Theatre review: Delphine

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She calls her room “an Aladdin’s cave”; she collects “trinklets”; she likes music with a thumping base “for maximum spirit raising”.

Star rating: ****

Venue: Pleasance Courtyard (Venue 33)

She is Delphine. Her mum, who she lives with, tells her her name is “French chic”, but Delphine likes it because it reminds her of dolphins. Delphine is 30. She’s has never had a boyfriend. She’s the kind of person who apologies simply for being there. But beneath the amiable woolliness and over-accommodating charm, something steelier lies.

Writer and performer, Clare Rebekah Pointing’s one-woman show follows Delphine over the course of her first ever relationship, with man called Bill who she clearly idolises more than he deserves. Not that logic really comes into it – no, this is a play about infatuation against all reasonable evidence and the way unattainable loved ones are often built up to be more than they actually are.

But it’s also about a kind of inner strength combined with a splash of rage that develops within Delphine as her relationship with Bill, “a quiet face”, not so much falls apart, but shuffles off into the shadows. Through her disjointed but heartfelt dancing Delphine expresses a lifetime of frustrations, brought to the surface by the tantalising promise of “feeling like everyone else” and fuelled by raw anger when this is crushed.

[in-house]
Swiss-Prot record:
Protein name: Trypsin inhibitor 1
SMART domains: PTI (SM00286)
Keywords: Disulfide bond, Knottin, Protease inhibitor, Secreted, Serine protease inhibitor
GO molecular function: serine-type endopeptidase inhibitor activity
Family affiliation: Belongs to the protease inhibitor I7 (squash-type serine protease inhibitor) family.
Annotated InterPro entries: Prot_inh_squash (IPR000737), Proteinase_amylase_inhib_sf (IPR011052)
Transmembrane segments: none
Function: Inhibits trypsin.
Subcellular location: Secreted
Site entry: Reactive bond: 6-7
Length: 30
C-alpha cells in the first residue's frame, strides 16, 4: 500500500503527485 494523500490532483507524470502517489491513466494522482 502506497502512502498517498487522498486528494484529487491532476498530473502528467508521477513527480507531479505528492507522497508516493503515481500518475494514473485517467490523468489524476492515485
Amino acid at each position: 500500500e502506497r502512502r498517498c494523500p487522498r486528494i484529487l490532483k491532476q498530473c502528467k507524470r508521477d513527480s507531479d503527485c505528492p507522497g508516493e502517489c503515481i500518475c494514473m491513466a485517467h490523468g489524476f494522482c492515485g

The moments when Delphine confronts those who belittle her – from builders on the street to the increasingly disparaging Bill – crackle with the excitement of someone fighting back. Perhaps inspired by Alan Bennett’s monologues, Pointing’s writing is funny and true, and her descriptions of love – as feeling like “all the colours” – are vivid. Delphine’s ultimate realisation, that she doesn’t have to be liked by everyone, creates an uplifting conclusion to a celebration of quiet female defiance and the thrill of romantic obsessions, however misjudged.

Until 29 August. Today 2:15pm.

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